As far as I know there isn’t an award for finishing a 365 project. There are no trophies or badges or even stickers for a job well done. What you get in the end though is a collection of 365 photos of your life and the satisfaction of having done it. I did it! I completed my first ever year-long daily photography project. Here I am at the end of it with a whole year’s worth of photos and experience. If you’re interested in doing a 365 project, or if you just want to know what it’s like to do one, here are my insights on the undertaking.
The first thing required for a 365 project is motivation. Documenting our lives and the people we care about is a great reason to take photos every day. For photographers, skill-building and personal growth as an artist are the major drivers. I set out to do both this year. I also found it helpful to outline some more specific goals for this project. I wanted to shoot documentary-style photos which were less directed, less edited, and more real than what I typically shoot and share.
I also chose to process in black and white so that I would focus on elements besides colour in my photos (light, contrast, lines, framing, etc). I established criteria for my images so that they would form a cohesive collection which I aimed to print as a photobook at the end of the year. Imagining each photo as part of a large, physical collection of work helped me stay dedicated to the cause.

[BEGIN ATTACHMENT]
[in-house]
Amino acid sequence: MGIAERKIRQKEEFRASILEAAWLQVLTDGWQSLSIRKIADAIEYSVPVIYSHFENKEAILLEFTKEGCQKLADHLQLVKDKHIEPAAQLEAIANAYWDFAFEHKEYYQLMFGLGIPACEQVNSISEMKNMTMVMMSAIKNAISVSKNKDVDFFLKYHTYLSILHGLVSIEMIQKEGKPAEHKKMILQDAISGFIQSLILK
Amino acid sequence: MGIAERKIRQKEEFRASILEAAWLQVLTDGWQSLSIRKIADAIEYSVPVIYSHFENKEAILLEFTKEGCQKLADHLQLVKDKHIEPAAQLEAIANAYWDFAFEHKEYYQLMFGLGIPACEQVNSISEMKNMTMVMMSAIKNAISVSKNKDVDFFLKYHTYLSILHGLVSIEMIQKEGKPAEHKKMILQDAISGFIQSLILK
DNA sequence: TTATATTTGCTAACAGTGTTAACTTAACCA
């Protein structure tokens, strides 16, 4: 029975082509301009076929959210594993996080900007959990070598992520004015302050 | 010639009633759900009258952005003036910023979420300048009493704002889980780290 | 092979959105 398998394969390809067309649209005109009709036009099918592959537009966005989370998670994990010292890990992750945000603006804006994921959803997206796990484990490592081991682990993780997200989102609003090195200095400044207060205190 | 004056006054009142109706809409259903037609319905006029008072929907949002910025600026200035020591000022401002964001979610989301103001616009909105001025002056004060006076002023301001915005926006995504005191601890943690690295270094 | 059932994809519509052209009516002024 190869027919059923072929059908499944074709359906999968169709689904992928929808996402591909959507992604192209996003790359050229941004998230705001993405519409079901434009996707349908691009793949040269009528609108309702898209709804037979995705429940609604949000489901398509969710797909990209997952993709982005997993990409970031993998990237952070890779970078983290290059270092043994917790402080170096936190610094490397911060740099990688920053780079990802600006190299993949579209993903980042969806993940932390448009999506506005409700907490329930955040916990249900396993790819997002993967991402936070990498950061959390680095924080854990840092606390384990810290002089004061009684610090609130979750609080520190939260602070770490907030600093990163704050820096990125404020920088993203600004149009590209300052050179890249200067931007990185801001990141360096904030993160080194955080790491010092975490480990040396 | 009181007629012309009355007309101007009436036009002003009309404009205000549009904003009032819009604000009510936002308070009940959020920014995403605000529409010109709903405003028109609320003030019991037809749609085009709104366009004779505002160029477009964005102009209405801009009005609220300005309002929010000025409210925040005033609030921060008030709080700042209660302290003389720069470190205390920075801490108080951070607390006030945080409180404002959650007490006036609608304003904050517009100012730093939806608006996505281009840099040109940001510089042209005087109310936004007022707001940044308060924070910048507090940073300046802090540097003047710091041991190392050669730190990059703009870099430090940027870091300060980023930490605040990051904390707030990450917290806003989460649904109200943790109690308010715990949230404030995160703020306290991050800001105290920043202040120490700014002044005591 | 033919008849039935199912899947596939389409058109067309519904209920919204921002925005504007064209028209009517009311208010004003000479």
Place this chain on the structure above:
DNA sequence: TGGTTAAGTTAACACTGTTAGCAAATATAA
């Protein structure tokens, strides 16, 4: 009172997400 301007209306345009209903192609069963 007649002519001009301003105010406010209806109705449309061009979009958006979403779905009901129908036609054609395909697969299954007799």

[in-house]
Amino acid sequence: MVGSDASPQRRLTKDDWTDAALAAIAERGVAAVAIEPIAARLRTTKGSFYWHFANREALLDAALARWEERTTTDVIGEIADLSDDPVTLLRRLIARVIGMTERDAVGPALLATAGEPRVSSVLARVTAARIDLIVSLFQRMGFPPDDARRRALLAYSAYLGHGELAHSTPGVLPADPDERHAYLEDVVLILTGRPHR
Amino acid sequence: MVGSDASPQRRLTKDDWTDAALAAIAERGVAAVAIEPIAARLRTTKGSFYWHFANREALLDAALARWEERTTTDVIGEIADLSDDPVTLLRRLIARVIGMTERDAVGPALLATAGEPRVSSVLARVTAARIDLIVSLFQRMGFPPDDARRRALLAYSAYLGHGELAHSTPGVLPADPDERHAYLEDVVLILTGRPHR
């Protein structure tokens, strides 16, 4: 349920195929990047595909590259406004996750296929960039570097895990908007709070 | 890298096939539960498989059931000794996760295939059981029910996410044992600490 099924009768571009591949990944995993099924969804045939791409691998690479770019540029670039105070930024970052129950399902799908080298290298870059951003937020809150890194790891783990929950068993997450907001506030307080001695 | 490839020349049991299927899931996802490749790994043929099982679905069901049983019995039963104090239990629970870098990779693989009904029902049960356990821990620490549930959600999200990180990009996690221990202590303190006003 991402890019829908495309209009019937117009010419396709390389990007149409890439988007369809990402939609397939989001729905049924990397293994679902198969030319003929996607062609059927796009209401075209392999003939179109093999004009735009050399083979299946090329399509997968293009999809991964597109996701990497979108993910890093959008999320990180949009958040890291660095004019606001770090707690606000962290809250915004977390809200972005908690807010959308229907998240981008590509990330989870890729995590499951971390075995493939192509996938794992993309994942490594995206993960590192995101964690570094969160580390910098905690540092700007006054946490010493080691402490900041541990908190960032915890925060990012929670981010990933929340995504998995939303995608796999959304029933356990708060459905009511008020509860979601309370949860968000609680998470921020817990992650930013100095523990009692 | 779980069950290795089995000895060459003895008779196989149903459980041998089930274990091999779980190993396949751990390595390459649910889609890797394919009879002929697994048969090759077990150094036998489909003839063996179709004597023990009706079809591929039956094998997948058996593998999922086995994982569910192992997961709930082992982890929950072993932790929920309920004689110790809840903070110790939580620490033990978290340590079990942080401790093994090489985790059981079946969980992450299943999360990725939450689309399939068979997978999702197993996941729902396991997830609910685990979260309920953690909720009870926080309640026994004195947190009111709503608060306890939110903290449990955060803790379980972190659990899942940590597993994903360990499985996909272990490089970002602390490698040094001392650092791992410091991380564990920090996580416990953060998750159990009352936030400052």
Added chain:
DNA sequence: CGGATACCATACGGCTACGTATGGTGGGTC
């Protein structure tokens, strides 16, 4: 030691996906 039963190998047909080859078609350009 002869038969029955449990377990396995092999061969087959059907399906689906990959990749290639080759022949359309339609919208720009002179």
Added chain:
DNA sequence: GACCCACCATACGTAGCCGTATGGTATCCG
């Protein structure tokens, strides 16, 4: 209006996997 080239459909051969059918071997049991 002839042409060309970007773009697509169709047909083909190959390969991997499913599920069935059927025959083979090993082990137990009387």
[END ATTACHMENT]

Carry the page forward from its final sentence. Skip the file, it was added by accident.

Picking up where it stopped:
The major hurdle of a daily photography project is getting in the habit of doing it daily. They say it takes 30 days to form a new habit and in this case that’s spot on. At first I was forgetting sometimes and I’d have to panic-shoot something quickly before bedtime. I learned to start early so I’d have photos from throughout the day to choose from.
A challenge for a lot of people starting out is remembering, or daring, to take their camera with them places. This one is pretty easy for me – my DSLR is small and weather-sealed and lives in my purse most days. Once in a rare while if I were somewhere without my camera I used my phone. There are photos in this collection from my phone as well as from an underwater point-and-shoot. I think the difference in image quality is evident; nevertheless, the best camera is the one you have with you!
The absolute hardest thing for me was accepting that not every photo could be perfect. The most valuable part was forcing myself to push through my perfectionism and just produce something every single day and then post it. Some days you are sick or miserable or overworked. Some days the best you can do is a phone picture of your shadow on the way to work.
Some days your cat is the only person you have the mental energy to point a camera at (cats never complain about being photographed too much). When it’s November and it rains for 28 straight days and gets dark at 3pm there’s going to be a lot of grainy low-light photos. I had to learn to forgive myself for the days I just barely had it in me. I had to keep my focus on the goal of creating a collection of 365 photos – the big picture.